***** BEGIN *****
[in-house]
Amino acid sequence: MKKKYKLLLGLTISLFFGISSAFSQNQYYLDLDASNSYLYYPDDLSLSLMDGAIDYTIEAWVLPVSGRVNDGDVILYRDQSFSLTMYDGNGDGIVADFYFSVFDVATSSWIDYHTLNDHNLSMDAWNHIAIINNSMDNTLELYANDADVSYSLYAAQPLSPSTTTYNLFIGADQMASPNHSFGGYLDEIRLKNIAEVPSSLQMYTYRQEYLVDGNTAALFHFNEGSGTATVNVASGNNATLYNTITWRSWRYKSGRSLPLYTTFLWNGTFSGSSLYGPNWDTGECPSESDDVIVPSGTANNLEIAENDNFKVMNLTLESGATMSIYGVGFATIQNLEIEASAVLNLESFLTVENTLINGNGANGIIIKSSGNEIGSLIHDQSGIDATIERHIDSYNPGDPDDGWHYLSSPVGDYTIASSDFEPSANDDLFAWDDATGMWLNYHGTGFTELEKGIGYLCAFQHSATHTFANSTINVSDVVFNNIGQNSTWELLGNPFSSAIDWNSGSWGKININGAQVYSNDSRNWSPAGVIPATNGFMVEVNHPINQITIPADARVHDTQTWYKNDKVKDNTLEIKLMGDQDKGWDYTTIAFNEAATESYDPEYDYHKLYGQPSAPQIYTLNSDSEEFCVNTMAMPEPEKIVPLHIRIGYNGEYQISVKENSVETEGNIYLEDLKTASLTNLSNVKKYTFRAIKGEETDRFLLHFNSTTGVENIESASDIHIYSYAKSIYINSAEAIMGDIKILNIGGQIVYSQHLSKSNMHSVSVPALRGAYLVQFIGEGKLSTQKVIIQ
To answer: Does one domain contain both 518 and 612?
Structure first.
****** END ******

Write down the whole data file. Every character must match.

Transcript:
[in-house]
Amino acid sequence: MKKKYKLLLGLTISLFFGISSAFSQNQYYLDLDASNSYLYYPDDLSLSLMDGAIDYTIEAWVLPVSGRVNDGDVILYRDQSFSLTMYDGNGDGIVADFYFSVFDVATSSWIDYHTLNDHNLSMDAWNHIAIINNSMDNTLELYANDADVSYSLYAAQPLSPSTTTYNLFIGADQMASPNHSFGGYLDEIRLKNIAEVPSSLQMYTYRQEYLVDGNTAALFHFNEGSGTATVNVASGNNATLYNTITWRSWRYKSGRSLPLYTTFLWNGTFSGSSLYGPNWDTGECPSESDDVIVPSGTANNLEIAENDNFKVMNLTLESGATMSIYGVGFATIQNLEIEASAVLNLESFLTVENTLINGNGANGIIIKSSGNEIGSLIHDQSGIDATIERHIDSYNPGDPDDGWHYLSSPVGDYTIASSDFEPSANDDLFAWDDATGMWLNYHGTGFTELEKGIGYLCAFQHSATHTFANSTINVSDVVFNNIGQNSTWELLGNPFSSAIDWNSGSWGKININGAQVYSNDSRNWSPAGVIPATNGFMVEVNHPINQITIPADARVHDTQTWYKNDKVKDNTLEIKLMGDQDKGWDYTTIAFNEAATESYDPEYDYHKLYGQPSAPQIYTLNSDSEEFCVNTMAMPEPEKIVPLHIRIGYNGEYQISVKENSVETEGNIYLEDLKTASLTNLSNVKKYTFRAIKGEETDRFLLHFNSTTGVENIESASDIHIYSYAKSIYINSAEAIMGDIKILNIGGQIVYSQHLSKSNMHSVSVPALRGAYLVQFIGEGKLSTQKVIIQ
To answer: Does one domain contain both 518 and 612?
Structure first.